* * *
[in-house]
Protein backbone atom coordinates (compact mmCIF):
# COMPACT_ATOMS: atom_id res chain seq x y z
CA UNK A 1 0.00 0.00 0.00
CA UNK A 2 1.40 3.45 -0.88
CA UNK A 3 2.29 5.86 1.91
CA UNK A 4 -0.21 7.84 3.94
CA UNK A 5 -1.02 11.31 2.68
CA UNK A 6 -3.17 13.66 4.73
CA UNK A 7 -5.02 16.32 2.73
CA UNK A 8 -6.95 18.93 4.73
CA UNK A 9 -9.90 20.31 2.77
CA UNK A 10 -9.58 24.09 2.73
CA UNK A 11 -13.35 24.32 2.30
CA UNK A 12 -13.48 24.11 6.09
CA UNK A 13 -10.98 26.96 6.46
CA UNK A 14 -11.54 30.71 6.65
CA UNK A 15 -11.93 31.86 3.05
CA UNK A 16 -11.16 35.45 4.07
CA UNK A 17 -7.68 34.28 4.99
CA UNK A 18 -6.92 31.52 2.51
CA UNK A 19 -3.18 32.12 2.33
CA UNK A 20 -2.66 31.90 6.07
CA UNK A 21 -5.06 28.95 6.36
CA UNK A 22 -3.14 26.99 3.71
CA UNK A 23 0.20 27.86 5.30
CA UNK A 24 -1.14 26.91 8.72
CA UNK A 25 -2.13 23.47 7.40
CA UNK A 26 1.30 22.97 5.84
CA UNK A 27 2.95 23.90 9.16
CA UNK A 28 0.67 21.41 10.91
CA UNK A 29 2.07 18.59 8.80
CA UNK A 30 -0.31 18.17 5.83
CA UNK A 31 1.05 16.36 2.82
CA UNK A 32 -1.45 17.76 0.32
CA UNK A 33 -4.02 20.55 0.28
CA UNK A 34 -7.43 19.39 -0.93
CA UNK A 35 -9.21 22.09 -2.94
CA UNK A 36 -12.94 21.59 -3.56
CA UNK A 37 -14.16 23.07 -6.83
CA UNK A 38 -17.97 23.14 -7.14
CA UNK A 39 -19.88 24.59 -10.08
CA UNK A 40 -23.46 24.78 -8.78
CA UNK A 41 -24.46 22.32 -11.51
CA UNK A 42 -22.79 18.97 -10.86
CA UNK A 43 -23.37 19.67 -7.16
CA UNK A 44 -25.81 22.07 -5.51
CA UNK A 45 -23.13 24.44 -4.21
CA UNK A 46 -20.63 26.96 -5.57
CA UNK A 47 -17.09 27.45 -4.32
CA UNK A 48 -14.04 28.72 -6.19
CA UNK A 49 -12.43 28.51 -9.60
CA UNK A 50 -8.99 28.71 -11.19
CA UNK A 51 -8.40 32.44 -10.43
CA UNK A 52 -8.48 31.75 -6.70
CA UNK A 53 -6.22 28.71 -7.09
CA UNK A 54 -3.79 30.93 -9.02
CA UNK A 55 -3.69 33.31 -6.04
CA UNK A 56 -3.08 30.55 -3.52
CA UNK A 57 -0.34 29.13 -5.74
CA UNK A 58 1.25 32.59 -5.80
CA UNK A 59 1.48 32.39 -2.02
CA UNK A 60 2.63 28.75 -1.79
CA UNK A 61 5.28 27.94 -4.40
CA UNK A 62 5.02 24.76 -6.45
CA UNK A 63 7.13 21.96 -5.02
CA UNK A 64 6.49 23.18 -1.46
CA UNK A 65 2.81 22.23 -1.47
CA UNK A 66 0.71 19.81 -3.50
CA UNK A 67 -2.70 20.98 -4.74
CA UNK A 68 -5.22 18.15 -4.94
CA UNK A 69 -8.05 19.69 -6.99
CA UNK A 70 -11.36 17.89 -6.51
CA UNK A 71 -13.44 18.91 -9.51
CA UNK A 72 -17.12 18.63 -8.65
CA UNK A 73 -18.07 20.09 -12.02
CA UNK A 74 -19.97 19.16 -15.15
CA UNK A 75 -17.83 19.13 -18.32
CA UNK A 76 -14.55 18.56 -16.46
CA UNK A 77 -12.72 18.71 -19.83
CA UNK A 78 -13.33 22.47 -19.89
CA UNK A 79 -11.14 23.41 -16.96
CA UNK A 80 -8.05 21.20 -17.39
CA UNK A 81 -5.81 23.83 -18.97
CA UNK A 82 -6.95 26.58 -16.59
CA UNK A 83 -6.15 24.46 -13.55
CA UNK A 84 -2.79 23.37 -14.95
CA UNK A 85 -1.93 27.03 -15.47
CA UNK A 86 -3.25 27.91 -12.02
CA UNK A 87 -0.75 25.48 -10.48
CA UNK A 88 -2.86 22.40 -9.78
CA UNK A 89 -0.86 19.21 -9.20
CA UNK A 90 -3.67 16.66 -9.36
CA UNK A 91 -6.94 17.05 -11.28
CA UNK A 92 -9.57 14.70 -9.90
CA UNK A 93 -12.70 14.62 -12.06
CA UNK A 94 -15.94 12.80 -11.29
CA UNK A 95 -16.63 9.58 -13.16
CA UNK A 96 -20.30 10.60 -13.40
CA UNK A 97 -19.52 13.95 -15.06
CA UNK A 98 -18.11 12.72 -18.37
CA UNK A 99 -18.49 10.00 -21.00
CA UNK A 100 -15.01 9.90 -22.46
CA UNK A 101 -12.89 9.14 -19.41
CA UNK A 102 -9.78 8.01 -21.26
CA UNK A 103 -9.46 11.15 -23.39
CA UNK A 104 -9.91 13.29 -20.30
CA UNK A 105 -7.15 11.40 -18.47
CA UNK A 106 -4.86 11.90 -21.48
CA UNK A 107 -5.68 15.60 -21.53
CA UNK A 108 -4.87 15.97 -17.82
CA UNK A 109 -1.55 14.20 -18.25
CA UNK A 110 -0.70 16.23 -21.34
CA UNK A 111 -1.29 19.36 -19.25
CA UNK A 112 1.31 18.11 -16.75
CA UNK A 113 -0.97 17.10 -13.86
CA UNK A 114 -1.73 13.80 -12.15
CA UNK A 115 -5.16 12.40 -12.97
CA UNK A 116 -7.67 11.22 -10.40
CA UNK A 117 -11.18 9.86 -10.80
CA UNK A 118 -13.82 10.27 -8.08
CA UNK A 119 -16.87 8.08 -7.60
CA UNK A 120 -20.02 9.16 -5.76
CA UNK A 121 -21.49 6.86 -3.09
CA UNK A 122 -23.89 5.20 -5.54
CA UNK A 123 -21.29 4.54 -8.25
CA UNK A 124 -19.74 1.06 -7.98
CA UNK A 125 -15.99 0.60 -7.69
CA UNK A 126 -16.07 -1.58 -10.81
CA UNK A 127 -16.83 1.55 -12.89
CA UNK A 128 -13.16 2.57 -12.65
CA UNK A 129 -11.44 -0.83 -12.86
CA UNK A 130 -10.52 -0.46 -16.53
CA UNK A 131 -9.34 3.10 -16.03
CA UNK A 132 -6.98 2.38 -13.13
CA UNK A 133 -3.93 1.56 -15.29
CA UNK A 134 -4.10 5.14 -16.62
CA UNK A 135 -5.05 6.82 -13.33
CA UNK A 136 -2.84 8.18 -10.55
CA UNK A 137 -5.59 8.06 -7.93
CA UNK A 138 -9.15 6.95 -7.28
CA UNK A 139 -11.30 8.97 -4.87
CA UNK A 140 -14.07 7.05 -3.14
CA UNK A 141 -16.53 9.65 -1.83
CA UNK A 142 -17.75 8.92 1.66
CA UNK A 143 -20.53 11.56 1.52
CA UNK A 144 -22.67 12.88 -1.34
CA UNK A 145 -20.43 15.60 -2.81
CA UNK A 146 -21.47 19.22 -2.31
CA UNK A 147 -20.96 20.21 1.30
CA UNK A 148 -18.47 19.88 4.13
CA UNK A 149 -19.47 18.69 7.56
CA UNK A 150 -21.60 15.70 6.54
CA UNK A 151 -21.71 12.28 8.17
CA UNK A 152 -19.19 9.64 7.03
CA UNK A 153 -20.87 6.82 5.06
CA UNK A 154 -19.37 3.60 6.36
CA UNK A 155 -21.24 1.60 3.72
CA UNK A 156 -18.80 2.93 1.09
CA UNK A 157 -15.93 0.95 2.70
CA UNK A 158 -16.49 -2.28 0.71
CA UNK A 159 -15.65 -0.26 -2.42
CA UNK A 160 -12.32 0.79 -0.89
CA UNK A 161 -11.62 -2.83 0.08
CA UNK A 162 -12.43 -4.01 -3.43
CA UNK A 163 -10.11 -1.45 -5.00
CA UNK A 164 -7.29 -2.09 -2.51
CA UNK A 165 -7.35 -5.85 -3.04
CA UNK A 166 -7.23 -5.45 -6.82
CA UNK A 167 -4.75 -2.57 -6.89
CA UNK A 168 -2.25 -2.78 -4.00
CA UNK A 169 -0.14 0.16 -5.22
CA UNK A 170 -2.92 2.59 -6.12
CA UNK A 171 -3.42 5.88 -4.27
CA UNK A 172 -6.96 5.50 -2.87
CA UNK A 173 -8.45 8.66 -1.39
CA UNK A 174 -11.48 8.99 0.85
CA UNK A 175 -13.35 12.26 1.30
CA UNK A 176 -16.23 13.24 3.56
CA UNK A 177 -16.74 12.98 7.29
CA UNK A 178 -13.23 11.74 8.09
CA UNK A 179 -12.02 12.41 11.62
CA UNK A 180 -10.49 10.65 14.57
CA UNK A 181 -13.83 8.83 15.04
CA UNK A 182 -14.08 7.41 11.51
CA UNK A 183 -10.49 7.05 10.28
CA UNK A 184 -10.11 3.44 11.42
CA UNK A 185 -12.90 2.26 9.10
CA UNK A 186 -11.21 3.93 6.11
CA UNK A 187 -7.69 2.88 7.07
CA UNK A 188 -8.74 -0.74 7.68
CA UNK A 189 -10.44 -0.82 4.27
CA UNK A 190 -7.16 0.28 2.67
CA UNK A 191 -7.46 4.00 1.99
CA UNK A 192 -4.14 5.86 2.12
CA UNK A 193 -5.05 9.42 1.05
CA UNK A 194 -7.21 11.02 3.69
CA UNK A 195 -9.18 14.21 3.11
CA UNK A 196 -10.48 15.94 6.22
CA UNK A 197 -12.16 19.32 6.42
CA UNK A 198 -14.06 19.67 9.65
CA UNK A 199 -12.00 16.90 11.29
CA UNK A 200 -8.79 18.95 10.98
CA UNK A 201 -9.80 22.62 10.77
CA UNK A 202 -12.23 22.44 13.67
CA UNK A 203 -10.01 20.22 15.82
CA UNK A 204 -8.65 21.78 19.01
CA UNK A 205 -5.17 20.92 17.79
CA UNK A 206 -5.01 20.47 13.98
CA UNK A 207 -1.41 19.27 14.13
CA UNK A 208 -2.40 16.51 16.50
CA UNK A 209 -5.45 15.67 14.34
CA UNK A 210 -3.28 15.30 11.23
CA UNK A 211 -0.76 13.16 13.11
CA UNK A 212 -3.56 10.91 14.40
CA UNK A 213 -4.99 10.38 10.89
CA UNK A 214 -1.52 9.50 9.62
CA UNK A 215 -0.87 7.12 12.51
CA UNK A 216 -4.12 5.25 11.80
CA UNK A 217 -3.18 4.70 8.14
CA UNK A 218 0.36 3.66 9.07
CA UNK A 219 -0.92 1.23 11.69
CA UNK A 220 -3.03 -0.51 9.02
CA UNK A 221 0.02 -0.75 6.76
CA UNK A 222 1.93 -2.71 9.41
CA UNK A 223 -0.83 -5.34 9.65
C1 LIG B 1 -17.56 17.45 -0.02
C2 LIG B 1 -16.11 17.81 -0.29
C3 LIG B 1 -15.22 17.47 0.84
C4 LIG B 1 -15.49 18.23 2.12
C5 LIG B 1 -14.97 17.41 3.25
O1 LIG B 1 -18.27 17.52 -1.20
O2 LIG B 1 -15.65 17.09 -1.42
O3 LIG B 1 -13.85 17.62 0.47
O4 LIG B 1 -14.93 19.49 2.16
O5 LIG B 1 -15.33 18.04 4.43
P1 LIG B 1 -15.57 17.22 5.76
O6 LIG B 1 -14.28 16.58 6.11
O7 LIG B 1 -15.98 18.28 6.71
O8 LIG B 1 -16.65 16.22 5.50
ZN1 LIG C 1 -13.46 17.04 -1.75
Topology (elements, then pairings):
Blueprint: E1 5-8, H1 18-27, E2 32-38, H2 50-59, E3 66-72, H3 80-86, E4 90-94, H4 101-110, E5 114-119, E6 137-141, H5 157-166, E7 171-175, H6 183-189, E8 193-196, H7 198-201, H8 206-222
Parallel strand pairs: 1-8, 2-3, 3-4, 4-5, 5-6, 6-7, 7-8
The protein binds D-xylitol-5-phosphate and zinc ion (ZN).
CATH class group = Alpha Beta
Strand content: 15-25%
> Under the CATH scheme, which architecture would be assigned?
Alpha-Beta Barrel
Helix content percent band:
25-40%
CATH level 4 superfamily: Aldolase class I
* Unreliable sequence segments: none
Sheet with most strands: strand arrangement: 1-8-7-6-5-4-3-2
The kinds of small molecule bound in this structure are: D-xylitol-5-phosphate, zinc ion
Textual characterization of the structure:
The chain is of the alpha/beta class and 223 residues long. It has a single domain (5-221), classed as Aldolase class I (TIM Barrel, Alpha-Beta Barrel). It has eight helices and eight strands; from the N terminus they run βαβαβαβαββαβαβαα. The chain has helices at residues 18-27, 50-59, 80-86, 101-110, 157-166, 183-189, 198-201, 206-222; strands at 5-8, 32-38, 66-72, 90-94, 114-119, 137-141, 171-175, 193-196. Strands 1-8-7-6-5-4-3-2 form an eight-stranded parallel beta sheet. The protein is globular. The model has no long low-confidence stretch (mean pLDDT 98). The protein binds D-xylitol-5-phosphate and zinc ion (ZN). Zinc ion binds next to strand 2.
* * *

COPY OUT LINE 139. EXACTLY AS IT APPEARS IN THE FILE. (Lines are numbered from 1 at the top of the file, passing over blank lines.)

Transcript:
CA UNK A 136 -2.84 8.18 -10.55